With shutdown looming, celebration for Jimmy Carter’s 99th birthday starts early
President Jimmy Carter will celebrate his 99th birthday Sunday, and the Carter Center in Atlanta has kicked off the party early.
The main event will be held Saturday from noon to 4 p.m., with a birthday cake, food trucks, family-friendly games and activities, and stories from Dot Padgett, one of the original members of Carter’s “peanut brigade,” a grassroots group of die-hard supporters who put in the legwork to help him get elected.
Most of the festivities were moved to Saturday ahead of the expected government shutdown on Sunday, but some events are scheduled to go on anyway, including a naturalization ceremony for 99 new American citizens and the continued display of a large birthday mosaic near the museum’s entrance. The mosaic, which is displayed on a large screen, contains over 14,000 photos and video messages from well-wishers.
The Carter party planners are taking the news in stride, said Tony Clark, director of public affairs at the Jimmy Carter Presidential Library and Museum.
“We are always hopeful that everything will turn out,” he said. “We’re set to celebrate on Sunday.”
Clark said the center has received such an outpouring of support that extending the celebration into multiple days made sense in retrospect.
“We started last week with a birthday card, we had an event earlier this week with Ambassador Andrew Young,” he said. “Our mistake was starting out thinking we could do it all on Sunday, and we really found that we had to start earlier than that. So we’re looking forward to people being able to come here on Sunday as well, but, you know, we’re gonna be celebrating Saturday, and that’s great too.”
Admission to the museum, which is typically $12 for an adult, will be 99 cents during the party on Saturday.
“Back almost 10 years ago, we started tying our admission on the President and Mrs. (Rosalynn) Carter’s birthday to their age, and I have always been waiting for them to get to be 100 so we can charge a dollar,” Clark said.
Not long ago, many did not expect Carter to see his 99th birthday. In February, the Carter family announced the former president had “decided to spend his remaining time at home with his family and receive hospice care instead of additional medical intervention.”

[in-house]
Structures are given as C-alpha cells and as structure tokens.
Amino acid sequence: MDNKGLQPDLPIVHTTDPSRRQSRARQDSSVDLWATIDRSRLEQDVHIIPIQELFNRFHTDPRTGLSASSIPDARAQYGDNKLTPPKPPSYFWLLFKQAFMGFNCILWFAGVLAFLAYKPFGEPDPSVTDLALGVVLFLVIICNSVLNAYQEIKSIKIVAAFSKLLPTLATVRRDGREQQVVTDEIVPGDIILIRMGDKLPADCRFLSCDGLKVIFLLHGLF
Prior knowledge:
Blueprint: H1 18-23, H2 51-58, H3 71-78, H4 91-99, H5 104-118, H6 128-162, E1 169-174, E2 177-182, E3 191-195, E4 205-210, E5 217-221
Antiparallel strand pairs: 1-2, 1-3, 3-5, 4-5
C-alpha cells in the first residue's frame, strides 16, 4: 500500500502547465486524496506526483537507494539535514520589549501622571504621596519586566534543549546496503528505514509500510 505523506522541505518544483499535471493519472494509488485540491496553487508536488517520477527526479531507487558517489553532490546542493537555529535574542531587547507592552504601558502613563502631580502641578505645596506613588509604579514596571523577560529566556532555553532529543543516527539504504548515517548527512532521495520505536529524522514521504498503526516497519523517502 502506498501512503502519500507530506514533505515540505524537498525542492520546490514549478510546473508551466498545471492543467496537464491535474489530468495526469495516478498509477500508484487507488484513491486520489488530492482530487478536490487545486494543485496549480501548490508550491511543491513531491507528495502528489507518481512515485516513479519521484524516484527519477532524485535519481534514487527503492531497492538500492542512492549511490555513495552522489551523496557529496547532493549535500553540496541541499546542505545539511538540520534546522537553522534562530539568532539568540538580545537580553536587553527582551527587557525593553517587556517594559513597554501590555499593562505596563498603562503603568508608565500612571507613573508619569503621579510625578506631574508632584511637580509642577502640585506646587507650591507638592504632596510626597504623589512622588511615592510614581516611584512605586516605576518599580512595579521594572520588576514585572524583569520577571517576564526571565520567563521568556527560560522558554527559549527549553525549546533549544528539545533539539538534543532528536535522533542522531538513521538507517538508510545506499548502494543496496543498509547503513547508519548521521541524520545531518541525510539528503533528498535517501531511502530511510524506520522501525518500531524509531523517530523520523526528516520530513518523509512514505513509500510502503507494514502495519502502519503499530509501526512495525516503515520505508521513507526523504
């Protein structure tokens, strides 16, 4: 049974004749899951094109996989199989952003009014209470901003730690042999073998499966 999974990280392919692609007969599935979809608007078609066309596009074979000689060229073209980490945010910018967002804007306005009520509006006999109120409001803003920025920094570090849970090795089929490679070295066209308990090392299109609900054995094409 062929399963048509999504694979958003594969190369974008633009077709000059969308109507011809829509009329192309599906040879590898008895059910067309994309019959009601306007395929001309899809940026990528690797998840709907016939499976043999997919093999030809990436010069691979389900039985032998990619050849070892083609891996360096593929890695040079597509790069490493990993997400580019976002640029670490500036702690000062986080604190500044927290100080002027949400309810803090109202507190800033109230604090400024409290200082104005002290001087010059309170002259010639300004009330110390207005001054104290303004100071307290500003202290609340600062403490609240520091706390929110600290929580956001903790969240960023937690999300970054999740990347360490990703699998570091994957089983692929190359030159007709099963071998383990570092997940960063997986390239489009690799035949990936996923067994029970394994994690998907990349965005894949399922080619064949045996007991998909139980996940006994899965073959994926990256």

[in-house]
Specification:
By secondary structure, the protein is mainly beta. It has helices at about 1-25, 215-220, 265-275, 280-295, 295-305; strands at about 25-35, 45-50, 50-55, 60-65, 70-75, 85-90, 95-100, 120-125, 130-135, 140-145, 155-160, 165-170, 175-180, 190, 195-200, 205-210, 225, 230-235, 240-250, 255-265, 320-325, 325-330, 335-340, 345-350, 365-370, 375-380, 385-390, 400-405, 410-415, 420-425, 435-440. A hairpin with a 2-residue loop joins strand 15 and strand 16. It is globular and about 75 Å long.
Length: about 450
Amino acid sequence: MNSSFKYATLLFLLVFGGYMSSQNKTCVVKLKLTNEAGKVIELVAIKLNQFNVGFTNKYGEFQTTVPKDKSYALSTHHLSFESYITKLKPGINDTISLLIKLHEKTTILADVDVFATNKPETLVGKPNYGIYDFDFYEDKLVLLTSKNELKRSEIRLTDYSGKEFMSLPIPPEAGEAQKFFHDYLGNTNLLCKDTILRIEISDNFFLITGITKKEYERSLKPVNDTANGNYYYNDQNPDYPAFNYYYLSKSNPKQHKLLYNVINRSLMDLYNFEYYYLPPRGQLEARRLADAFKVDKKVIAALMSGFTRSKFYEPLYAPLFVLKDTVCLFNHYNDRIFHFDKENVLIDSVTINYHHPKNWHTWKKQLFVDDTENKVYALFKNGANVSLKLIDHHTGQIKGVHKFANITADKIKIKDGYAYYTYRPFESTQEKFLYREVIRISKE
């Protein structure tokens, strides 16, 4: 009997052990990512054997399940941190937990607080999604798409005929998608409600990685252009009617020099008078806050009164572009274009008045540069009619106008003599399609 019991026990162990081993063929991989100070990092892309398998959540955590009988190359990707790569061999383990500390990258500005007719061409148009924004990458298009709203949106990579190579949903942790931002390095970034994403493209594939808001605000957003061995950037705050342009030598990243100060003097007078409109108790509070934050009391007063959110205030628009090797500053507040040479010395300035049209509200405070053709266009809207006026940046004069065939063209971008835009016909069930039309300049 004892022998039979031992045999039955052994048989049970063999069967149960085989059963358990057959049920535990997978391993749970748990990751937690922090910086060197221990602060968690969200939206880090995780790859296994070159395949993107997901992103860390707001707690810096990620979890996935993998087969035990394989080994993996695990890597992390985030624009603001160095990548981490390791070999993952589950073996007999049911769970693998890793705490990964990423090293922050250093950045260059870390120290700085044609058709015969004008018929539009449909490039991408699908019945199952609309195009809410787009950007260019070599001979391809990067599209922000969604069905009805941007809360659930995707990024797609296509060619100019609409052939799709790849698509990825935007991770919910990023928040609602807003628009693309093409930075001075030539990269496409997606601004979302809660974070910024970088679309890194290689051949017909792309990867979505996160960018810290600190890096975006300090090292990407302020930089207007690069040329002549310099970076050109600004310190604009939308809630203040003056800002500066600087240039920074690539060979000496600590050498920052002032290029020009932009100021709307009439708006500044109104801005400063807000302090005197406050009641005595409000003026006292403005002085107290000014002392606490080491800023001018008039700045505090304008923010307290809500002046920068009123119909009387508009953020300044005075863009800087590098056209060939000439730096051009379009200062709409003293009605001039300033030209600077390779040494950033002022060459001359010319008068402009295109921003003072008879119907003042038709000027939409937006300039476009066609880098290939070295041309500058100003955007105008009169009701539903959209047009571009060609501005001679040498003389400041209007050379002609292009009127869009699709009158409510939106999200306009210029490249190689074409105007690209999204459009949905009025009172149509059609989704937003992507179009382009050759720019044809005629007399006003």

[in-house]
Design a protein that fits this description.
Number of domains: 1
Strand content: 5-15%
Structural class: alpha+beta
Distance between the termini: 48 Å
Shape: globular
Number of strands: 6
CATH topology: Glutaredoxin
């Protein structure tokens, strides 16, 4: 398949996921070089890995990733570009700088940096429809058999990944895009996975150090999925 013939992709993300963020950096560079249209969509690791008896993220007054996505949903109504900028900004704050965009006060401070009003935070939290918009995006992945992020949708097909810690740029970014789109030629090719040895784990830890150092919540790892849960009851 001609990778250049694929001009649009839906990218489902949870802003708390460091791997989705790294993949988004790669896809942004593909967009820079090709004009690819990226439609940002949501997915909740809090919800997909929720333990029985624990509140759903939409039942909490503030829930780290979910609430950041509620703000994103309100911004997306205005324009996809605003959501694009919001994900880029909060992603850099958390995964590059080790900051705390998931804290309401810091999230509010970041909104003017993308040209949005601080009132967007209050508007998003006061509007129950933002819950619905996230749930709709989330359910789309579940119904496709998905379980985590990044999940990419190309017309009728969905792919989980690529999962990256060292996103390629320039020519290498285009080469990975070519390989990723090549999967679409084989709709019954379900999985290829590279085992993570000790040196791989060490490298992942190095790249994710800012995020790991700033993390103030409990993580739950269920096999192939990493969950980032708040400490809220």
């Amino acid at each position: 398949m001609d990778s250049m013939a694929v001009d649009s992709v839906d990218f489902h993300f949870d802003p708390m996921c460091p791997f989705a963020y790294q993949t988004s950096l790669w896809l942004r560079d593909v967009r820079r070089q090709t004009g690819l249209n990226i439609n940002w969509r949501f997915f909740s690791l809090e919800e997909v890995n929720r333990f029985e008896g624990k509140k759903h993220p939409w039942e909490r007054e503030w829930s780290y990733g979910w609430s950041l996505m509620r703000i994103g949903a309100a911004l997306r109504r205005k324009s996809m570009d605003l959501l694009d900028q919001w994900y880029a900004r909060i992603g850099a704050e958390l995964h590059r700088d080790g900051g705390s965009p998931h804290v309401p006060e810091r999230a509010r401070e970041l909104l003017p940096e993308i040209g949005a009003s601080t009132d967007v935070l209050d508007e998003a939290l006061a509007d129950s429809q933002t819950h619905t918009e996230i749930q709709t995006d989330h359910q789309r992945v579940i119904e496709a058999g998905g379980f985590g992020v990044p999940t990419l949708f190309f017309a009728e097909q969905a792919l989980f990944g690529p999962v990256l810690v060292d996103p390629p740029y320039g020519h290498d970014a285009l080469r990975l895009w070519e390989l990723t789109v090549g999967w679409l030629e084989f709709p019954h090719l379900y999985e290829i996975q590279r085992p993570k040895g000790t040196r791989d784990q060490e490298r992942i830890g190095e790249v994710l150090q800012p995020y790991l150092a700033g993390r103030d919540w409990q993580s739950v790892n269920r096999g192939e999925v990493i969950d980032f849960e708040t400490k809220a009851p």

The announcement sent flocks of reporters to Carter’s hometown of Plains, where residents told the Recorder – correctly, it turns out – that the 98-year-old still had some fight in him.
The Carters delighted supporters in Plains last weekend with a surprise appearance at the Plains Peanut Festival. The pair greeted festival-goers from the back of an SUV.
Clark said the presidential pair will not be making an appearance in Atlanta over the weekend, but will celebrate with family in Plains.
Carter is the only president from Georgia and is the longest-lived president in the country’s history. Only five other presidents have lived to see their 90s, and the second longest-lived president was George H.W. Bush, who lived to 94.
Clark said what he admires most about the former president is the affection he shows for his wife after 77 years of marriage.
“They used to spend three or four days here every month before the pandemic, and they would walk the grounds every afternoon, hand in hand,” he said.
On one occasion, the Carters were visiting with a group of schoolchildren when Jimmy Carter had to leave to attend to some business, but he rushed back when the children began singing Rosalynn Carter’s favorite song, John Lennon’s “Imagine.”
“He immediately turned around and came back and stood beside her with his arm around her waist,” he said. “And it was just such a touching scene of the two of them, the affection that they had for each other.”
The Carter Center announced in May that Rosalynn Carter, who is 96, has been diagnosed with dementia, but the two still live in their humble ranch-style home in Plains.
The museum contains relics from the couple’s lives, from the highchair Carter sat in as a baby to political campaign buttons to the Nobel Prize he was awarded in 2002 for his work during and after his presidency, including mediating international conflicts, battling tropical diseases and pushing human rights.
Gerald Kline visited the museum Friday along with his wife, Dee Kline, and her cousin, Susan Adler Thorp, who was visiting from Mephis.
“He’s had that miracle of long life, and with his mate for life together as well,” Gerald Kline said. “So it’s just very wonderful for both of them to be here at this stage and have their life and marriage together. So I think that’s an extra benefit. That’s a great present for him.”
“Isn’t it cosmic justice that the kind of man that Carter was, simple and humble, that he should live longer than any other president in the U.S.?” Thorp said.
“And did so much more after his one term than any former president has ever done or probably will ever do,” said Dee Kline. “I mean, all the good that the Carter Center does over the years and will continue after his death is really a testament to his vision, his and Rosalynn’s.”